artist / participant
Death and disaster is the topic of Bad Days. However, Niels Bonde's source of material is as everyday as it gets. His paintings are based on clippings from Danish and international news media. Bonde enlarges the clippings and has them printed on canvas, with fragments of the accompanying article.
"The bad news" in Bonde's works refer to events and persons that we have all read about in the paper or watched on the News. However, the main subject of the story has been removed – or in fact painted over with oil painting in matching colours that seem disturbingly beautiful against the disastrous background.
The North-Korean leader Kim Jung Il has gone. Also the bodies on a heavenly beach in Thailand after the Tsunami. Only visible as outlines in the sand hidden underneath the almost abstract surfaces of paint.
The beholder is thus confronted with a painting where the actual essence is missing. Niels Bonde has taken the liberty of deleting unwanted persons and events from his works.
This remarkable kind of censorship is also employed on Pia Kjærsgaard the leader of the rightwing Danish national party "Dansk Folkeparti". In a computer edited video work of Niels Bonde she has become invisible. Standing on a rostrum one hears her voice but she has been reduced to a colourful shadow moving on the screen. The take is from a public meeting on Constitution Day where Kjærsgaard was speaking about the Muhammed cartoons and her interpretation of freedom of speech. In his video Bonde allows her to talk – but in absentia if one might say so.
Bad Days expresses a kind of wishful thinking: Bonde removes all the things that, in his mind, make the world crueller. This does not mean that his works are naïve. On the contrary they imply an ironic gesture: the traces of persons and events missing are still there. It is possible for the beholder to fill in the holes and imagine what is no longer there.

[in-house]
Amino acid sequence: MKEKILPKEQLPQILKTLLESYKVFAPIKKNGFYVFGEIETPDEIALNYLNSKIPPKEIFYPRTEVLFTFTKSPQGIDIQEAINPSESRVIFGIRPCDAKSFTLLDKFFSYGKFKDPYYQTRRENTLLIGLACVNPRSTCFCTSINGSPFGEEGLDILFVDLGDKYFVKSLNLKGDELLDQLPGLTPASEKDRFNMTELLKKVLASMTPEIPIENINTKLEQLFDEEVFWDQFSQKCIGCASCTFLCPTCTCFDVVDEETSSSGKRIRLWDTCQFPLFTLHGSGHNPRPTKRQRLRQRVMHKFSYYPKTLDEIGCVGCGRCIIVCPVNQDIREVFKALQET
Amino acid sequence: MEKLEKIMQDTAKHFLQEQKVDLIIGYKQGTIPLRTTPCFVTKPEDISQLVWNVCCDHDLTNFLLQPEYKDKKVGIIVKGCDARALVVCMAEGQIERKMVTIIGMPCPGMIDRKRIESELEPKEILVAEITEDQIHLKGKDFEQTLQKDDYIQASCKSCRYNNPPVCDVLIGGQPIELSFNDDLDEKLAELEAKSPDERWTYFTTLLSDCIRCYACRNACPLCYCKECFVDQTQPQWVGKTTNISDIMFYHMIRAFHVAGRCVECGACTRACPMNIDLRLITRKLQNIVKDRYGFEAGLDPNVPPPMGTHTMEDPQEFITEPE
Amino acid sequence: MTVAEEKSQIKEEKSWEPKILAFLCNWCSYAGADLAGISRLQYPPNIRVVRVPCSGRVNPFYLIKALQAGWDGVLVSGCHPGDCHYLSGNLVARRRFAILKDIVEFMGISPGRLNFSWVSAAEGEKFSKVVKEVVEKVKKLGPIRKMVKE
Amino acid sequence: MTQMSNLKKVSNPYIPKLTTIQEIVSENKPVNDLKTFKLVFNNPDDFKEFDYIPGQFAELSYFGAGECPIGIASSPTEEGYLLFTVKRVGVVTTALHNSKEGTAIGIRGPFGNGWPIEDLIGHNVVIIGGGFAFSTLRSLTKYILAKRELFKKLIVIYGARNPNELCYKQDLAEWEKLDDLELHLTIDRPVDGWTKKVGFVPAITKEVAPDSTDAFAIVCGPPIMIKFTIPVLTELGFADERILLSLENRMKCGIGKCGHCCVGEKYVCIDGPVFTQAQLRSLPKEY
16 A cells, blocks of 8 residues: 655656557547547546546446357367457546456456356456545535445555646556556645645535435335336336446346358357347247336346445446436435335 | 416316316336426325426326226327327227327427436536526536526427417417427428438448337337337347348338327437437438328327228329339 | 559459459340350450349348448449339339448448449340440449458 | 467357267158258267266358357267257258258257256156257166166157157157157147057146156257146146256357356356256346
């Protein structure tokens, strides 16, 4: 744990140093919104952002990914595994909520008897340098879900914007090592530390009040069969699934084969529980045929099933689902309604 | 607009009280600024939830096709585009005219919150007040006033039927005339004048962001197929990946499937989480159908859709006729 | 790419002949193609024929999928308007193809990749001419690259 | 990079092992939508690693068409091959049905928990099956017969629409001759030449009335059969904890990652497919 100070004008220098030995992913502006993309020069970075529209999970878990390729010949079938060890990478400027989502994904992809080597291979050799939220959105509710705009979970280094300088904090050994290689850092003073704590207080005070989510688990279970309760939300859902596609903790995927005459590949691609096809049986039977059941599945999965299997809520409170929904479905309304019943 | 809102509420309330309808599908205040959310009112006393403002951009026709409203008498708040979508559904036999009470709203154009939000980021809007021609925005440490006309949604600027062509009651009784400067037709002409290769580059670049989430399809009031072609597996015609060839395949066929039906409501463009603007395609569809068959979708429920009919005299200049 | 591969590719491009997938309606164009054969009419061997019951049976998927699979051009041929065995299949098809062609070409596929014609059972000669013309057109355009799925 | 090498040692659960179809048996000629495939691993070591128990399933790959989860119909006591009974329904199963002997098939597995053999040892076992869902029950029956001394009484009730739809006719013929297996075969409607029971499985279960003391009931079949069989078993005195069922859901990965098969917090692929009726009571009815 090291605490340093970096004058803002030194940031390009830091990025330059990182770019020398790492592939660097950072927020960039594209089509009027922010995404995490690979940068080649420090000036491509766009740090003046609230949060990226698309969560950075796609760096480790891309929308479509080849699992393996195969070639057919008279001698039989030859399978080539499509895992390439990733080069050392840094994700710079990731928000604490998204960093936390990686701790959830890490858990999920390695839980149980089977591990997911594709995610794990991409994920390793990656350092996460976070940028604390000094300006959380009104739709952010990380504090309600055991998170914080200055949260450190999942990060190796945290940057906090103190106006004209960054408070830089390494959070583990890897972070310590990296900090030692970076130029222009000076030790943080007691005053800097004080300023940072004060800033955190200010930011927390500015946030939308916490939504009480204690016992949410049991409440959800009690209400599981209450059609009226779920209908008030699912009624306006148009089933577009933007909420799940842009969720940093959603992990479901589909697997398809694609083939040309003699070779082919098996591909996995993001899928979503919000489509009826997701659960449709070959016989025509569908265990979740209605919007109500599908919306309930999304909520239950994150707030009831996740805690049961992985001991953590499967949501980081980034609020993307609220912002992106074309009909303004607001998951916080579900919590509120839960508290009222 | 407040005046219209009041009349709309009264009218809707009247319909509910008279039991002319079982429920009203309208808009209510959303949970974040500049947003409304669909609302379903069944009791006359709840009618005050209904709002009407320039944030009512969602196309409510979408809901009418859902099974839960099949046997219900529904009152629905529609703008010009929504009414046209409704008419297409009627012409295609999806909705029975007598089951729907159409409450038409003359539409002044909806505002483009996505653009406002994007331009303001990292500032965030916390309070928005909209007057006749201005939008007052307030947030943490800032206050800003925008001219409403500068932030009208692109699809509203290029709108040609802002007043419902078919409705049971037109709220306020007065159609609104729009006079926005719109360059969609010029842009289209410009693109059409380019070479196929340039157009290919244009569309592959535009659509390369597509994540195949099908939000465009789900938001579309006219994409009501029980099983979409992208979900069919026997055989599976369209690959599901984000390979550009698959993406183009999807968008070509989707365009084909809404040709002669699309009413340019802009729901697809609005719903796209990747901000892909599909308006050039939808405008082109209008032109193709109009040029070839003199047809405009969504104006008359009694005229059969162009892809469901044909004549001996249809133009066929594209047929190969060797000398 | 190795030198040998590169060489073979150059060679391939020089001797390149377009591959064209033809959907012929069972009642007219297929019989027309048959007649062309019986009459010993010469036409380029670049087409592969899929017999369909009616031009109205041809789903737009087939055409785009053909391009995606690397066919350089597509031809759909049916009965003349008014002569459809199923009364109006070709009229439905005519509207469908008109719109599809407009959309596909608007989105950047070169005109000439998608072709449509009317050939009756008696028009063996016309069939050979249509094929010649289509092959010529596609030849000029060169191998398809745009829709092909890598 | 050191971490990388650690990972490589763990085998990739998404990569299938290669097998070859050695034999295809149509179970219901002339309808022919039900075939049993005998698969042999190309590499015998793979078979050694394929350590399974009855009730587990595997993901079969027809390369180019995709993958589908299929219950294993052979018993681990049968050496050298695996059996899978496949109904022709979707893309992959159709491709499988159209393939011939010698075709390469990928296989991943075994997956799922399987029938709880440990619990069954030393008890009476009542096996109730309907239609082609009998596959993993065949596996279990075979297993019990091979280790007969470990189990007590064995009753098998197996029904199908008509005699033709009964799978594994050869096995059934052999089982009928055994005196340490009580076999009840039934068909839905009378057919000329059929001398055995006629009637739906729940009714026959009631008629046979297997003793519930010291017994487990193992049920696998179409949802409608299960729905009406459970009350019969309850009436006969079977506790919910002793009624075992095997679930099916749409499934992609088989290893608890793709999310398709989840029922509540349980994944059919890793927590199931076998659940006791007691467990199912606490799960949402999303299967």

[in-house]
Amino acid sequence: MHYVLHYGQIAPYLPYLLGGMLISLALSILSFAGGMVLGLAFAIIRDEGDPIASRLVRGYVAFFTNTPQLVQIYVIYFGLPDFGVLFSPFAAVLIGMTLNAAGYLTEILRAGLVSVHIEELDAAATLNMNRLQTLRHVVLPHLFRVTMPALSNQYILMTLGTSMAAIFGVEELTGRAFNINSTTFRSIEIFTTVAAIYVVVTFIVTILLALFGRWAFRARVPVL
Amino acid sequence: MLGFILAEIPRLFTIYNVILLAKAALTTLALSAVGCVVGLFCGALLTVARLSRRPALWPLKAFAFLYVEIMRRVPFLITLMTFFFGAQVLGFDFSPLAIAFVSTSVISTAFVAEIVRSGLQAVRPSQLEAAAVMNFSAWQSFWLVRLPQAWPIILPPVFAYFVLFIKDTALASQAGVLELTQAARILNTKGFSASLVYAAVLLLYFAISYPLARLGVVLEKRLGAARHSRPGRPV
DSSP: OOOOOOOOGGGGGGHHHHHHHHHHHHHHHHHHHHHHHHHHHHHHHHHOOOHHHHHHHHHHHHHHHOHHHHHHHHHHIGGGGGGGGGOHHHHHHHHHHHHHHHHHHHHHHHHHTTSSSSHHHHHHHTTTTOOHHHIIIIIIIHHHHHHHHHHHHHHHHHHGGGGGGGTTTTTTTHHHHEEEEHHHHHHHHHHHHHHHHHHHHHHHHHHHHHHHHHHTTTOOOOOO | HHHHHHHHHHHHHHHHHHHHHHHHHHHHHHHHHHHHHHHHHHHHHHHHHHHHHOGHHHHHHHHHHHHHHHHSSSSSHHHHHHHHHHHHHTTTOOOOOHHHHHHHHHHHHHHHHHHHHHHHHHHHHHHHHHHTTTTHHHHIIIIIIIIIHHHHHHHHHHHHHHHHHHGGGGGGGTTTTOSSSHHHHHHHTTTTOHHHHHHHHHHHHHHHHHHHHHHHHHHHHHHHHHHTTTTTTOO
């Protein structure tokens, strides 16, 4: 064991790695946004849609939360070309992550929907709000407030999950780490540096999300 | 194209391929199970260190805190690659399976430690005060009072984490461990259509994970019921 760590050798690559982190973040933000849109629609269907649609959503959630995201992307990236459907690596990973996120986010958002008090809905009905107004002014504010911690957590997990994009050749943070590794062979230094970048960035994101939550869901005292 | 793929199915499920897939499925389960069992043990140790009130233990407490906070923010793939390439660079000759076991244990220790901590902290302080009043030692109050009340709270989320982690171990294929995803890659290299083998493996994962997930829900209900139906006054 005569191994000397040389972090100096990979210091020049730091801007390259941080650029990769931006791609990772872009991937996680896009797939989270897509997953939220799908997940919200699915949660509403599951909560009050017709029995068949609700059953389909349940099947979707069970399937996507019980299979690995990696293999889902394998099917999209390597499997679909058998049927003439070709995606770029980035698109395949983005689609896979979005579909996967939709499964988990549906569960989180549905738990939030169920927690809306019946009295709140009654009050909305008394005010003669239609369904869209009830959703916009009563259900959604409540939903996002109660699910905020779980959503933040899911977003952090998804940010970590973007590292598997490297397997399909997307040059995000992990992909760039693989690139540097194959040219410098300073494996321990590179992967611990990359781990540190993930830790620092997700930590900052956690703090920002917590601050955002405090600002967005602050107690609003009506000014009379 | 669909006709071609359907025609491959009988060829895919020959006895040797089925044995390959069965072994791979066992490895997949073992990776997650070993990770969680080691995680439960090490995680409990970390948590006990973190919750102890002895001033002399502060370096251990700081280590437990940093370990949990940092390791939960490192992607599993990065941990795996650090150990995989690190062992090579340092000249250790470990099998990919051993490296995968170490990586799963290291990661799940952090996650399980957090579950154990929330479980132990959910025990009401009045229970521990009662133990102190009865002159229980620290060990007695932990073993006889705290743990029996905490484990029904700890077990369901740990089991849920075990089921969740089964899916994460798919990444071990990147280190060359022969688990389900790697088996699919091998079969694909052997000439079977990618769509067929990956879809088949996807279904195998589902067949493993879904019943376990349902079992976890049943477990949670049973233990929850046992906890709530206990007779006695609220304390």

In this way Bonde's work is also about forgetfulness and memory in light of the constant flow of news nowadays. Questions of historical visibility or invisibility are addressed, but they also point out the power of a culture based on images. Bonde thus invites his audience to reflect on the way images and memory is created.
Since the beginning of the 1990'ies Niels Bonde has been among the leading figures in Danish media art and he can look back onto a body of work that ranges from surveillance installations featuring fluffy toy animals with eerie camera eyes to computer designed carpets reflecting the way lives are lived in specific surroundings such as an art lover's living room.
With his latest project Bonde has returned to one of the most traditional medias in art history, but the show in Galerie Asbæk is by no way a departure from his previous themes and tools. As always Bonde turns his attention to social frameworks in relation to systems of control having an influence on our everyday life. Bad Days portrays a society of neglect and self-denial, hiding in the spotlight of full media attention.
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